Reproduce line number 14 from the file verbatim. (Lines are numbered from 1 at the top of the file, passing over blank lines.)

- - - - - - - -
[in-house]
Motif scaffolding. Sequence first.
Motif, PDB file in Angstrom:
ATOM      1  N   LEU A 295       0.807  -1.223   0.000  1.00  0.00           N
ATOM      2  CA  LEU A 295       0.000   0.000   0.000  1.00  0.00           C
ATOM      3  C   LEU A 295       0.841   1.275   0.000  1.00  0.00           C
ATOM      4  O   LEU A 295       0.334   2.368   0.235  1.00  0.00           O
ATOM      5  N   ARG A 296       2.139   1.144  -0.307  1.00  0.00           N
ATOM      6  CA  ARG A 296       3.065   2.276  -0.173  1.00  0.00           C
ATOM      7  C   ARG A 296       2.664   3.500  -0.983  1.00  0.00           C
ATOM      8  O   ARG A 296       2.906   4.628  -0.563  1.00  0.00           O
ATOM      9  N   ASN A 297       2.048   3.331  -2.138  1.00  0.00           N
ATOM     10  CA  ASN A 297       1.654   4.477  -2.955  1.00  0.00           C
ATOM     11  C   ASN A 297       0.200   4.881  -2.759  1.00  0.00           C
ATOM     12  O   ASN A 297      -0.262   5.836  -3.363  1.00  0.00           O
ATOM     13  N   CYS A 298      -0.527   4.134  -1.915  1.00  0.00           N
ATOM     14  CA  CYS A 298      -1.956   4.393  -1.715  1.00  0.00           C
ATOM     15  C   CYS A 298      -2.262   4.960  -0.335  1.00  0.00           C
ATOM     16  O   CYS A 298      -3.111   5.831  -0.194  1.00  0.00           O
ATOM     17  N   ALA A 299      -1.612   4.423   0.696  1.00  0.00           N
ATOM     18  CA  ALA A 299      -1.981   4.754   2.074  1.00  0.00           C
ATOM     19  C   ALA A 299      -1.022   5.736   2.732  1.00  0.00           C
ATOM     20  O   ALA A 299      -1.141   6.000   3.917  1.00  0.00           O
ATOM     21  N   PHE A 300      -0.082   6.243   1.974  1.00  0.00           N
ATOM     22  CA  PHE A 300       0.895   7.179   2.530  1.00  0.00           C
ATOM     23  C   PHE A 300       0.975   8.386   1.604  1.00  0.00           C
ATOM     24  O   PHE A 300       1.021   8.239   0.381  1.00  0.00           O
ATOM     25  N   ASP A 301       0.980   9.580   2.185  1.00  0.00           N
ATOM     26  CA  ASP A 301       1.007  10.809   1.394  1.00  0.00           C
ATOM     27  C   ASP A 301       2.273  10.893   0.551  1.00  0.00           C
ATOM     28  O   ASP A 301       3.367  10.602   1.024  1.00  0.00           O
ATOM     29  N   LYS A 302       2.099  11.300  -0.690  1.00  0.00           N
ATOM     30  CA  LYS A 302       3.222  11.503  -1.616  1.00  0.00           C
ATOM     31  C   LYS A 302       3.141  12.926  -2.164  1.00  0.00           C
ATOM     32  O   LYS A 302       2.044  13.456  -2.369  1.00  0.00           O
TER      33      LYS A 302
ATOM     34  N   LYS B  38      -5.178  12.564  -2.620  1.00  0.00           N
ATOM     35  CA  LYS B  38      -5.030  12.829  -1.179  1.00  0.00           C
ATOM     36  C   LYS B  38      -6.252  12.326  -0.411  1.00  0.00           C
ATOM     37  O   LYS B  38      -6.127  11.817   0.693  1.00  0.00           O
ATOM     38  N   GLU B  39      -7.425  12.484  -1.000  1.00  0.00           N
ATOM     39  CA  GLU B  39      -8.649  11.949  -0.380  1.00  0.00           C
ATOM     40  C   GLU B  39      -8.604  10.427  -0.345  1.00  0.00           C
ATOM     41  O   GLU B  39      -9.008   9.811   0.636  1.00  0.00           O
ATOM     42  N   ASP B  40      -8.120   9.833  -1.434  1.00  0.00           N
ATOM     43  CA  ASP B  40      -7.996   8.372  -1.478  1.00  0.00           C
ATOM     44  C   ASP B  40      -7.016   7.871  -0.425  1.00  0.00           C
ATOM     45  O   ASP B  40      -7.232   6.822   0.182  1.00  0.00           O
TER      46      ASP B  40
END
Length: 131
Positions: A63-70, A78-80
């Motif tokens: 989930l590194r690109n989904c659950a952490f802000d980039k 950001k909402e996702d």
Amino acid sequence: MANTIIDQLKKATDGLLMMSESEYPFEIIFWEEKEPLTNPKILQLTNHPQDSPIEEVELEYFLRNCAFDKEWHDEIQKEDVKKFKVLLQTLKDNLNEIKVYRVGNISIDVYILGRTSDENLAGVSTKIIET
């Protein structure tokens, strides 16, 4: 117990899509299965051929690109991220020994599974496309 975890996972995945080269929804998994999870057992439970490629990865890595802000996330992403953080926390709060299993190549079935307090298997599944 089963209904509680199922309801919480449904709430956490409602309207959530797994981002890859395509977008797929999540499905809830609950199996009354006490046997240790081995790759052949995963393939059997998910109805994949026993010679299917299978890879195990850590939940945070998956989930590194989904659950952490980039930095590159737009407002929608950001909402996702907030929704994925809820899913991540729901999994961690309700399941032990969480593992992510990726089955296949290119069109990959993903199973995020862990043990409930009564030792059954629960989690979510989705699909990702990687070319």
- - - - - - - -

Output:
ATOM     11  C   ASN A 297       0.200   4.881  -2.759  1.00  0.00           C